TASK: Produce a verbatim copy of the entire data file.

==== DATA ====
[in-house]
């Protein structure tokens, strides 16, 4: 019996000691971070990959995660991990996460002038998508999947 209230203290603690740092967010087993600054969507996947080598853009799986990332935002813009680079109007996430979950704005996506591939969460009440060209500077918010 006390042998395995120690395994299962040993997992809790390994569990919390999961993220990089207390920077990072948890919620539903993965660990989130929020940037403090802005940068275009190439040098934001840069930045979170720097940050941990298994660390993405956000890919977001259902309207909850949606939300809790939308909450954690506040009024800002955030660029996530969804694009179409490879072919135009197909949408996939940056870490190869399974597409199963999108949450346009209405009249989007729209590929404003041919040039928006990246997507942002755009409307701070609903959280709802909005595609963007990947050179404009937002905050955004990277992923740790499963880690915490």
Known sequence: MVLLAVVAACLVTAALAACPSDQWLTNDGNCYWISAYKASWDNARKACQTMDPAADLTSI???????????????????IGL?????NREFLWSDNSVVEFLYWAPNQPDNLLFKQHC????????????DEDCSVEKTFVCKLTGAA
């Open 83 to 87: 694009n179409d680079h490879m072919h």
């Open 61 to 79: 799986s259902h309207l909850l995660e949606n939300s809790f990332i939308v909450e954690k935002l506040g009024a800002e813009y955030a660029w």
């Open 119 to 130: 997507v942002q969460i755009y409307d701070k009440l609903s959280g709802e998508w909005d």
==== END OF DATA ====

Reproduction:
[in-house]
């Protein structure tokens, strides 16, 4: 019996000691971070990959995660991990996460002038998508999947 209230203290603690740092967010087993600054969507996947080598853009799986990332935002813009680079109007996430979950704005996506591939969460009440060209500077918010 006390042998395995120690395994299962040993997992809790390994569990919390999961993220990089207390920077990072948890919620539903993965660990989130929020940037403090802005940068275009190439040098934001840069930045979170720097940050941990298994660390993405956000890919977001259902309207909850949606939300809790939308909450954690506040009024800002955030660029996530969804694009179409490879072919135009197909949408996939940056870490190869399974597409199963999108949450346009209405009249989007729209590929404003041919040039928006990246997507942002755009409307701070609903959280709802909005595609963007990947050179404009937002905050955004990277992923740790499963880690915490």
Known sequence: MVLLAVVAACLVTAALAACPSDQWLTNDGNCYWISAYKASWDNARKACQTMDPAADLTSI???????????????????IGL?????NREFLWSDNSVVEFLYWAPNQPDNLLFKQHC????????????DEDCSVEKTFVCKLTGAA
């Open 83 to 87: 694009n179409d680079h490879m072919h």
């Open 61 to 79: 799986s259902h309207l909850l995660e949606n939300s809790f990332i939308v909450e954690k935002l506040g009024a800002e813009y955030a660029w």
């Open 119 to 130: 997507v942002q969460i755009y409307d701070k009440l609903s959280g709802e998508w909005d």